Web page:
"An coming from behind is That's Whatshesaid!"

    “And coming from behind is That’s Whatshesaid!”

  3. I’ve never been out of Australia
    While I have been on holiday in New South Wales (I live in Western Australia) I have never travelled overseas. This is pretty unusual for someone my age (26) as a trip to Bali, Thailand or New Zealand is a bit of a rite of passage for most young Aussies, but I’ve never had an interest in cheap, booze-fuelled holidays and would rather save up for a more cultural trip (say to Italy, Greece, France, the UK or Russia) that I can enjoy at an age where its more meaningful…plus so far in my life I’ve been too poor and disorganised to travel :s

    the world

    I’ll get there eventually world

  4. I love repeating numbers
    Like I said above, I have a bit of a thing for repeating numbers. This may be because my birthday is the 22nd of October (alas, not November), and I certainly love multiple twos the most, but really any repeated number makes me happy. You know how some people make a wish if they see 11:11 on a digital clock? I don’t personally do that, but I get a tiny thrill any time I  see any repeated number time. I addition to this (and this is where my fixation takes a slight OCD turn) when I use a microwave and the recommended time allows me to do so, I will cook my food for a length of time with three repeated numbers (i.e. if the box says “cook for 2-3 mins” i’ll cook it for 2 minutes and 22 seconds). I’m not saying that I have to do things in repeated numbers, or that If I didn’t it would upset me (which I think means I don’t actually have OCD) but still…so far this list is making be sound like an insane hermit O.o

    2 22-cover

    Funnily enough I have never seen this movie, despite the name…

  5. I have an ever-increasing collection of earrings and head-bands/bandanas etc.
    Ever since high-school I have expressed myself through headbands, clips and other hair decorations rather than colourful clothing and make-up. When I shaved my head for the Shave for a Cure this extended to earrings because they could be seen so much clearer than when I had long hair. Since then matching my hair accessories and earrings to my (now much brighter) clothing has kind of become my “thing”, which makes it very easy for people close to me when looking for birthday and Xmas presents 😛

    Some of my earring collection - all the non-hanging ones and ones that don't get worn a lot reside in a little drawer of a jewellery box

    Some of my earring collection – all the non-hanging ones and ones that don’t get worn a lot reside in a little drawer of a jewellery box

  6. I’ve recently become obsessed with Lush Fresh Handmade Cosmetics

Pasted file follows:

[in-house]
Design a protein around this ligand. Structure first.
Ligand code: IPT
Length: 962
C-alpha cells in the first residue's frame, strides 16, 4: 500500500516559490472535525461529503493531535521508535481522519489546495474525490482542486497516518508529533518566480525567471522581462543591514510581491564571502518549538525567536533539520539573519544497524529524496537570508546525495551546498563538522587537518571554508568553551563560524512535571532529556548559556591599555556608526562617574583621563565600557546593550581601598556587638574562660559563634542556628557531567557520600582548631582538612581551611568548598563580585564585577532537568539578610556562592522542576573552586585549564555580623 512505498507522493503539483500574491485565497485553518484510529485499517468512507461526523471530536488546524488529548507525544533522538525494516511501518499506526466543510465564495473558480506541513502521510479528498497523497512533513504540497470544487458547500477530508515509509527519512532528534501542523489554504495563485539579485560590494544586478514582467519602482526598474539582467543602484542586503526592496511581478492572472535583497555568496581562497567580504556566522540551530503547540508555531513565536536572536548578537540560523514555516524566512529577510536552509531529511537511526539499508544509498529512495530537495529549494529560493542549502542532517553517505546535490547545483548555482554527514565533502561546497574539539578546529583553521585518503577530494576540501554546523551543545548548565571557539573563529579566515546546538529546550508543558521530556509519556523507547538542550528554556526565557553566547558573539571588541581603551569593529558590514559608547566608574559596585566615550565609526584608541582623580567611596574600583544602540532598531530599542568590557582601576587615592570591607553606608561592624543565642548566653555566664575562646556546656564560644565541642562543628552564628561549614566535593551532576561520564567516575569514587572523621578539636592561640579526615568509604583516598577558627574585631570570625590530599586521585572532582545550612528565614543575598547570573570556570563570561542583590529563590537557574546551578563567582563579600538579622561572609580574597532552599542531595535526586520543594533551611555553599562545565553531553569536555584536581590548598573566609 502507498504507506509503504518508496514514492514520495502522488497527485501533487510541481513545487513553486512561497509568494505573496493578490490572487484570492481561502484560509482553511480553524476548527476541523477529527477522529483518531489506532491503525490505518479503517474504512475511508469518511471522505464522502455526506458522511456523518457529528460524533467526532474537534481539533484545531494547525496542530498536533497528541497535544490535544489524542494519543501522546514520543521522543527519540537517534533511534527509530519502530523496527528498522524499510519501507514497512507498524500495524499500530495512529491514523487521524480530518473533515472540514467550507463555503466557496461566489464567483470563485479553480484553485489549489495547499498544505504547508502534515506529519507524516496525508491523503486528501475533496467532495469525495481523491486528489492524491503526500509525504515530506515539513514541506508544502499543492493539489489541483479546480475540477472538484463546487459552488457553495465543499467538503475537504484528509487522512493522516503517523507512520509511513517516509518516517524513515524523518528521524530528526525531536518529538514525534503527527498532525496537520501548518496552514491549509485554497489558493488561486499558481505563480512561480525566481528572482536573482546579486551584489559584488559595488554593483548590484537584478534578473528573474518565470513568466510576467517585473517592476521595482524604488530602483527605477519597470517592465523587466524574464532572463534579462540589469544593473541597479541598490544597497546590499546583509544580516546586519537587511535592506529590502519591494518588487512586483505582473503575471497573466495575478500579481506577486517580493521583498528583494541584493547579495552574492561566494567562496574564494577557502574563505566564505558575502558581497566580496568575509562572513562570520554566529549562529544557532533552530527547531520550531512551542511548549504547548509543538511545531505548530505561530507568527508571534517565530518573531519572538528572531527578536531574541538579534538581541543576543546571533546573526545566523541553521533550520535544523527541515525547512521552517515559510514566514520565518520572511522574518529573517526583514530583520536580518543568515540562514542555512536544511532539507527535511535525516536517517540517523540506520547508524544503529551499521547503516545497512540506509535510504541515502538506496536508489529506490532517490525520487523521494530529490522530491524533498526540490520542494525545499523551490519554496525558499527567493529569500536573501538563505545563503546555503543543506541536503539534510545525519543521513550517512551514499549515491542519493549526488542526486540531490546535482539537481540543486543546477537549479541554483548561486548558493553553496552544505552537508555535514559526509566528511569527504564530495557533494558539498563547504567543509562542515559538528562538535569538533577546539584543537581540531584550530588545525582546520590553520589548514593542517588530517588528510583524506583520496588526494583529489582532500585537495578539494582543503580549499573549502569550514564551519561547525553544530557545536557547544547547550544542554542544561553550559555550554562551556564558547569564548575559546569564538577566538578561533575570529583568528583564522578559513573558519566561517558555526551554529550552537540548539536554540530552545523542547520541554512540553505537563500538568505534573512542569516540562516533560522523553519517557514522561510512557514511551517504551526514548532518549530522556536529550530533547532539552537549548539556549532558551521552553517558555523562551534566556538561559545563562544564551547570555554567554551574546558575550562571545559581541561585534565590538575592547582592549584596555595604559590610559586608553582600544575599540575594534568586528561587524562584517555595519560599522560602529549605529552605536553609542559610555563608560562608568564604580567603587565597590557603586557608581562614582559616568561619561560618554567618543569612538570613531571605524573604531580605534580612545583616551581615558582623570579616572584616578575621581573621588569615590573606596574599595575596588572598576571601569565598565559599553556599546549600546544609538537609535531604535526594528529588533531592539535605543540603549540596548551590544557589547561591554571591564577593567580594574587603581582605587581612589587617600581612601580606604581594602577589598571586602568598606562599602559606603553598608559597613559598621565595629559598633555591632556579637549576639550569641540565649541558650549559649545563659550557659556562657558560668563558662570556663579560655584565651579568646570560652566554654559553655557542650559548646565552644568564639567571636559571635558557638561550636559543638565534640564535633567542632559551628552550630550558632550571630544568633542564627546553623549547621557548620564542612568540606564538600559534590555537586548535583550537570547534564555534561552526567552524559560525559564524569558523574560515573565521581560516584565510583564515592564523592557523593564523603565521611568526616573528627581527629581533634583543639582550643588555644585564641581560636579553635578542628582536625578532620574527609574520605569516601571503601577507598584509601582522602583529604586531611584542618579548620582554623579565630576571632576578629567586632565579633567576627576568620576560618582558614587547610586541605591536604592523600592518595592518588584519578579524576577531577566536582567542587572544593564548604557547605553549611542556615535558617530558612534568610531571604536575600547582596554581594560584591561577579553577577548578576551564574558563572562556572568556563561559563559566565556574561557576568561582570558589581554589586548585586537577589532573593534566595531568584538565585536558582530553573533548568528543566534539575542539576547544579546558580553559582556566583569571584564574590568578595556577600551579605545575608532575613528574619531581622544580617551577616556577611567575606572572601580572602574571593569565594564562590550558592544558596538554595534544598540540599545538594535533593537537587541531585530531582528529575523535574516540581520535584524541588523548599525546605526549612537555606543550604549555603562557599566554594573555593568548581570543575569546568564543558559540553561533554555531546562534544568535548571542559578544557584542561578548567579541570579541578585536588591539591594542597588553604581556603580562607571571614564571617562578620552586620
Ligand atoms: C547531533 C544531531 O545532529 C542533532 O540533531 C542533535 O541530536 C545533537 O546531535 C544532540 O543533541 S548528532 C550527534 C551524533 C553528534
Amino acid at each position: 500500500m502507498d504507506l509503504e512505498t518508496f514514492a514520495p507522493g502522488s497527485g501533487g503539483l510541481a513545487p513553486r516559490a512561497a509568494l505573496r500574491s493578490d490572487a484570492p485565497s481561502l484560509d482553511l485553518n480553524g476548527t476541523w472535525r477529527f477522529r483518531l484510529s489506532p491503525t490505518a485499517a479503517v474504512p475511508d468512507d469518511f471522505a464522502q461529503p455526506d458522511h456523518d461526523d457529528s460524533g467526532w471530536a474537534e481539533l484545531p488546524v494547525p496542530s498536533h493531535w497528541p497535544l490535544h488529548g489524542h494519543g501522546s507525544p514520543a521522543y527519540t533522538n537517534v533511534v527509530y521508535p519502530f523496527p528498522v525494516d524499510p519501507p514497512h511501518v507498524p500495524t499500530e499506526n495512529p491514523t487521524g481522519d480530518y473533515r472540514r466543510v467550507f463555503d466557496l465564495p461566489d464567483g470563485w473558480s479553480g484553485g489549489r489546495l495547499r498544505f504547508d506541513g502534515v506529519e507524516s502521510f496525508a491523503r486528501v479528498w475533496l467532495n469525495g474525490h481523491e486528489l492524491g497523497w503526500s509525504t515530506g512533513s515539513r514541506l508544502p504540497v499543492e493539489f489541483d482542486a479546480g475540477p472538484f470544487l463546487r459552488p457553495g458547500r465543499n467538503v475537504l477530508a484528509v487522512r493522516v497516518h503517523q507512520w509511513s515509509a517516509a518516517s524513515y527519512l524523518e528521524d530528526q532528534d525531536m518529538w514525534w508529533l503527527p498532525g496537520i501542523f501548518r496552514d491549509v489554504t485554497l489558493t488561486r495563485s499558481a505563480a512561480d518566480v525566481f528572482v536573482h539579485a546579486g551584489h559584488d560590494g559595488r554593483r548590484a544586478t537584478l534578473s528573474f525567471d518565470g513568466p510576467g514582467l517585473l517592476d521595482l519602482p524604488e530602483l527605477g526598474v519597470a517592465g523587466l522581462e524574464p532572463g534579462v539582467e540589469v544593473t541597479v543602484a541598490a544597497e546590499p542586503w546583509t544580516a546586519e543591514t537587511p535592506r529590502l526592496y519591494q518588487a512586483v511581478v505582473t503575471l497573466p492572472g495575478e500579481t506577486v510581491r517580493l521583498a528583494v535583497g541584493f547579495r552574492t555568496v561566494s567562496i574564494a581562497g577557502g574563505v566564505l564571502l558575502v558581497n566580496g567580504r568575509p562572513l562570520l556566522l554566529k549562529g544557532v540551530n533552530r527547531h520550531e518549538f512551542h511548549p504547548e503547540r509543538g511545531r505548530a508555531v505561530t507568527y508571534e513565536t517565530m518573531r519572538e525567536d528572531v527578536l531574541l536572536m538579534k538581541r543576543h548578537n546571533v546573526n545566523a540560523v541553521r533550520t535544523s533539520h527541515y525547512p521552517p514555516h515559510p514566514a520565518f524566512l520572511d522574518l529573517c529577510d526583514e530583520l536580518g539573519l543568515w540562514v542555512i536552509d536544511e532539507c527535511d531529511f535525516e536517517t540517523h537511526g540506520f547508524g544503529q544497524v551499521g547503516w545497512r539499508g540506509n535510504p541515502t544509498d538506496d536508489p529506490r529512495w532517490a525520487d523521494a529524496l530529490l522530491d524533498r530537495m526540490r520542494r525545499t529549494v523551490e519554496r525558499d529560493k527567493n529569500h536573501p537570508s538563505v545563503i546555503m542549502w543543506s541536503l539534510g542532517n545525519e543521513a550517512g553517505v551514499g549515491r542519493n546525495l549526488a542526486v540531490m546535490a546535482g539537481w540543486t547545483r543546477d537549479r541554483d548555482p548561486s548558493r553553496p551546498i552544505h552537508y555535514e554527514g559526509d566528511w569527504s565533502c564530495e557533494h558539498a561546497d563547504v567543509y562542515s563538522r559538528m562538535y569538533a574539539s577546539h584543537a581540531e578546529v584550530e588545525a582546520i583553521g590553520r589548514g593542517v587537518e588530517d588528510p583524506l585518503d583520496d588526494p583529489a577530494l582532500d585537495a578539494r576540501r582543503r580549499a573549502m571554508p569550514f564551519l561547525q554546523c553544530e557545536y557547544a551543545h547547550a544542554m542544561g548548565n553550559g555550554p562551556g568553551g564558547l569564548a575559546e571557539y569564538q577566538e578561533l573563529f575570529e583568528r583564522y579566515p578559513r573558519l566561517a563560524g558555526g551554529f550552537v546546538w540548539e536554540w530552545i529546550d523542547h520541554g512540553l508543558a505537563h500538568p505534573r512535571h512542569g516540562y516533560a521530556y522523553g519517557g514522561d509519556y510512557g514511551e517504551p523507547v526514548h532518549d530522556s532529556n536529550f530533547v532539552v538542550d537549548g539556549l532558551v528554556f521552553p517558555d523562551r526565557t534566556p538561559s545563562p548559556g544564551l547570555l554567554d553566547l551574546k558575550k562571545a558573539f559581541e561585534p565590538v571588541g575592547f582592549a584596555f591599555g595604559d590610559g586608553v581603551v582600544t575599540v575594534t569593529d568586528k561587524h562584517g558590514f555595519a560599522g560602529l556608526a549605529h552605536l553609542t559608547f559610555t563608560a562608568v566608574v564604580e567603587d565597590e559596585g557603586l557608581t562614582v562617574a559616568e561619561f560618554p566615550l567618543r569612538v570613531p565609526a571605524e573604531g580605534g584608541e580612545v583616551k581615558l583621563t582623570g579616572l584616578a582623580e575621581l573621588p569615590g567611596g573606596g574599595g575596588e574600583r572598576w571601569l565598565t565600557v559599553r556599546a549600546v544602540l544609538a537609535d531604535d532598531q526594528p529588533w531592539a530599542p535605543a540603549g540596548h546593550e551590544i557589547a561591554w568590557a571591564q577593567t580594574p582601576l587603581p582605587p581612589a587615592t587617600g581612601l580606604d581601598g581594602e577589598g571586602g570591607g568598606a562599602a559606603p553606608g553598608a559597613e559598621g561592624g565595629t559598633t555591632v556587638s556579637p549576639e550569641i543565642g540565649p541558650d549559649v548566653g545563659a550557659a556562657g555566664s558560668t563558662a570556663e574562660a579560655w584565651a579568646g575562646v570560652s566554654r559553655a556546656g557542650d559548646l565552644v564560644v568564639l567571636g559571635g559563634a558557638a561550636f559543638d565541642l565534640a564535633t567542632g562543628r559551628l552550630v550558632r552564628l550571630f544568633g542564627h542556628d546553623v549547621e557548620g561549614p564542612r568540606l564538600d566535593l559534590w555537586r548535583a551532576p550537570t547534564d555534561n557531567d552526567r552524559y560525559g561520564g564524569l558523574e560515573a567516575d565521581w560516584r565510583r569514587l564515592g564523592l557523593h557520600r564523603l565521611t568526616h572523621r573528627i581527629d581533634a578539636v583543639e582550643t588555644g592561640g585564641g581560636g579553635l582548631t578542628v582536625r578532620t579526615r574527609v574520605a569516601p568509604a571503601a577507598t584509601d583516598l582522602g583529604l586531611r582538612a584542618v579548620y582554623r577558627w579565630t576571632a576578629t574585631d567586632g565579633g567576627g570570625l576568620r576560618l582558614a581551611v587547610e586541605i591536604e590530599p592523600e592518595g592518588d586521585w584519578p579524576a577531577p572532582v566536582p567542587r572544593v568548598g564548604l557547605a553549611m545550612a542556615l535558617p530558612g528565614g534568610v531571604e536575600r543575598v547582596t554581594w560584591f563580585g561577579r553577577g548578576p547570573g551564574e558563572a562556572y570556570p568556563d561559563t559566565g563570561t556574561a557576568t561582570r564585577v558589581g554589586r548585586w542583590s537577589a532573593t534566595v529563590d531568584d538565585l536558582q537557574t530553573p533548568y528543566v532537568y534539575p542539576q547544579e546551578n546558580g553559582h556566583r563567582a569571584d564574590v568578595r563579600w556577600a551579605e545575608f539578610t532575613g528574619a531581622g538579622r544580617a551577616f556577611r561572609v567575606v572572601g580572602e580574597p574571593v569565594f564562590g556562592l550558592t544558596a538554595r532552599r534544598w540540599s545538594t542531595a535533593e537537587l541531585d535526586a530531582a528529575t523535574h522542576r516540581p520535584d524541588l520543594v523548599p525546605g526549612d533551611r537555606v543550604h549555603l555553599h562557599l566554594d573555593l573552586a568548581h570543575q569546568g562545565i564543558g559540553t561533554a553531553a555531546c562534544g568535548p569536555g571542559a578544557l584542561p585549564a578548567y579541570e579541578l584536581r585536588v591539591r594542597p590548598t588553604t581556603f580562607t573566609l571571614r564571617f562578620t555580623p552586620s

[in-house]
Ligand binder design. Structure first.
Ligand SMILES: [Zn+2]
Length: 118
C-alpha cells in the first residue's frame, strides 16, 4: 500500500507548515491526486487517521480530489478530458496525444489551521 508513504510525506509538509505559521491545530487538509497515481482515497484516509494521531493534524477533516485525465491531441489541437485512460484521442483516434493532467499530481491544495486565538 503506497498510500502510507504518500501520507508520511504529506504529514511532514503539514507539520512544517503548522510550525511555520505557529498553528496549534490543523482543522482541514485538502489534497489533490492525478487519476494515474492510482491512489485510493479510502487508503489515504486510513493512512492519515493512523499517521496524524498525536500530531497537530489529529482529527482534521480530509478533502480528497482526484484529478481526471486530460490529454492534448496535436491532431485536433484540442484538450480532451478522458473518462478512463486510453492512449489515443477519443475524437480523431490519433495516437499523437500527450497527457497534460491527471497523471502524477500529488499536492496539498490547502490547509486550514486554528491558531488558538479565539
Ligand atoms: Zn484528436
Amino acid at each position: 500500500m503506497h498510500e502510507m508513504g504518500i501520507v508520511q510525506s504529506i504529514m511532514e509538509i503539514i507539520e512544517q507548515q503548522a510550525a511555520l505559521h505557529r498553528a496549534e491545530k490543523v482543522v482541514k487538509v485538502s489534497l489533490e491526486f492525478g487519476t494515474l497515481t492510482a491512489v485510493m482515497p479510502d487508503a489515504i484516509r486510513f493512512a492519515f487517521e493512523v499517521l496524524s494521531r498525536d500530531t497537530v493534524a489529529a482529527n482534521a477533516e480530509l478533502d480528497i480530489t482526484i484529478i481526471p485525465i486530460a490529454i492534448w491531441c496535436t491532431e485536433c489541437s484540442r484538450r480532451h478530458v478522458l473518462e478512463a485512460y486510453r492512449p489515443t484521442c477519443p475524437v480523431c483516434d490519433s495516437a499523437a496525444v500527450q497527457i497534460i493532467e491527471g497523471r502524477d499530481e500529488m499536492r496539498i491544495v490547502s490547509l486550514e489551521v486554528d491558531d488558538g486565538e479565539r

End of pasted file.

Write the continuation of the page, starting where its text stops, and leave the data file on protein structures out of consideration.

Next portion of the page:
This started on my birthday last year when I popped into their store in the city centre of Perth (which I had frequented before to buy a Mother’s Day present and generally to sniff delicious-smelling concoctions) and bought myself some bday goodies. I then went back when I received some birthday moolah and my shower has been invaded by amazing Lush products ever since.

    6026-happy-Happy-Joy-Joy-500x500

    The newest item on my wishlist

  7. I have a big collection of bookmarks and I try to match the bookmark I’m using to the cover art and/or subject matter of the book
    I have loved bookmarks since I was a kid as I loathed the thought of folding down page corners (*shudder*) or
    using any old piece of paper to mark my place. As I got older my collection grew as I usually bought a new bookmark with each bookshop purchase, and as friends and family knew I liked them I often was gifted free bookmarks they collected or when I was given a book. Since I have so many its pretty easy to match the bookmark to the book, and as I said above, I like colour coordinating so that just filters down to my books as well 🙂

    My current collection of bookmarks

    My current collection of bookmarks

I’ll end with a quick nag – the Micro Reviews Poll ends on the 27th of January, so if you want your say on the future of Micro Reviews get voting! Currently all 4 votes are in favour of continuing the Micro Reviews but supplemented with some full-length reviews, so that seems to be the most likely outcome, but there is still time for a different result if you so desire.

Oh! and this post is a bit of a milestone for Book Polygamist – it is my 200th post! 😀

I just want to say a big thank you to all my followers and commenters. We may be a small group, but without you, my Bookbaggers, I would probably have abandoned this endeavour (as a usually do with projects after a while) long ago, and that would be a shame because I really do enjoy writing it and reading your feedback.

Bring on post number 300! Also Book Polygamist’s 2nd birthday is approaching (March 5th) and since I completely forgot about the 1st birthday I will make sure I don’t let this one pass without some kind of special surprise 🙂

In the meantime, keep your collective eyes peeled for my Top 10 Books of 2012 and The 2012 Book Polygamist Awards which will be up before the end of January, as well as the usual Notable Quotables, updates on my current reads, and once the poll has finished, more Micro Reviews (as well as some sorely neglected full-length ones that are waiting in the wings).

Until then I wish all my fabulous Bookbaggers:

Happy Reading!

Perhaps on one of the wonderful blogs I nominated 😉

Versatile is my middle name!…no, wait it’s Louise

On the 14th of June I received a surprise honor – Christie from bibliophiliacs  nominated me for The Versatile Blogger Award! 🙂

For those who haven’t heard of the award before you can find out all about it on the blog, Versatile Blogger Award but the basic lowdown is:

  1. If you are nominated, you’ve been awarded the Versatile Blogger award.
  2. When you’re nominated thank the person who gave you the award and include a link to their blog.